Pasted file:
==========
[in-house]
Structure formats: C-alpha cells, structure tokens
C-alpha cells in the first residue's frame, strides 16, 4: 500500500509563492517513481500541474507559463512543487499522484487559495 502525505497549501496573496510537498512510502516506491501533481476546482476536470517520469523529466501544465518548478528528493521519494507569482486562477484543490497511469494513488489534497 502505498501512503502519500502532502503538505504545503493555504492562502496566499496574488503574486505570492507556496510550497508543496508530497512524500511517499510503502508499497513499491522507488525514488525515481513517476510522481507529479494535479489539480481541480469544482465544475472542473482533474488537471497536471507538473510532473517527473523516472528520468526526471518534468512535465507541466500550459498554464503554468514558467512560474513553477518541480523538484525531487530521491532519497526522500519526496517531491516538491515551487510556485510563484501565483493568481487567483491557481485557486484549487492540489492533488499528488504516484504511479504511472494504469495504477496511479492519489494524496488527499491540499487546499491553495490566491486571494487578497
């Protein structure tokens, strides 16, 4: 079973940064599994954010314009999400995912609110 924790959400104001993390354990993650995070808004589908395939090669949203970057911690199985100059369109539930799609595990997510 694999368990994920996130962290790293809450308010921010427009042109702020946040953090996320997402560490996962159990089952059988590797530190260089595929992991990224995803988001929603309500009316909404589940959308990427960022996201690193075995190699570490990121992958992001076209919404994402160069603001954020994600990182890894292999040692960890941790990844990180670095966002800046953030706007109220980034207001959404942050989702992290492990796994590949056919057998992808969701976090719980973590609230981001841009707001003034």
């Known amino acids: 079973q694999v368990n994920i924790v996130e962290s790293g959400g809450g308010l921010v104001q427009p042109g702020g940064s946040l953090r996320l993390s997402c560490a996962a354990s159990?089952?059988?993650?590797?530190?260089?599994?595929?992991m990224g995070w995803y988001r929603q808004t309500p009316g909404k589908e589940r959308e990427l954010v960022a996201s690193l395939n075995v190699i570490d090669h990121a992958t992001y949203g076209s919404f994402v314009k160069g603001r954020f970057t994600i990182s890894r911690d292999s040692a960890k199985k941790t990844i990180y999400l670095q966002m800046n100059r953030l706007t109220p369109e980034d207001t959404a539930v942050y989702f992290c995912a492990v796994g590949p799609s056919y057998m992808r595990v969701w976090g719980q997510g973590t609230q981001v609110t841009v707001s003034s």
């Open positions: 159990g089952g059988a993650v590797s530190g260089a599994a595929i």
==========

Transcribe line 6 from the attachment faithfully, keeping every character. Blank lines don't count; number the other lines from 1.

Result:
């Open positions: 159990g089952g059988a993650v590797s530190g260089a599994a595929i």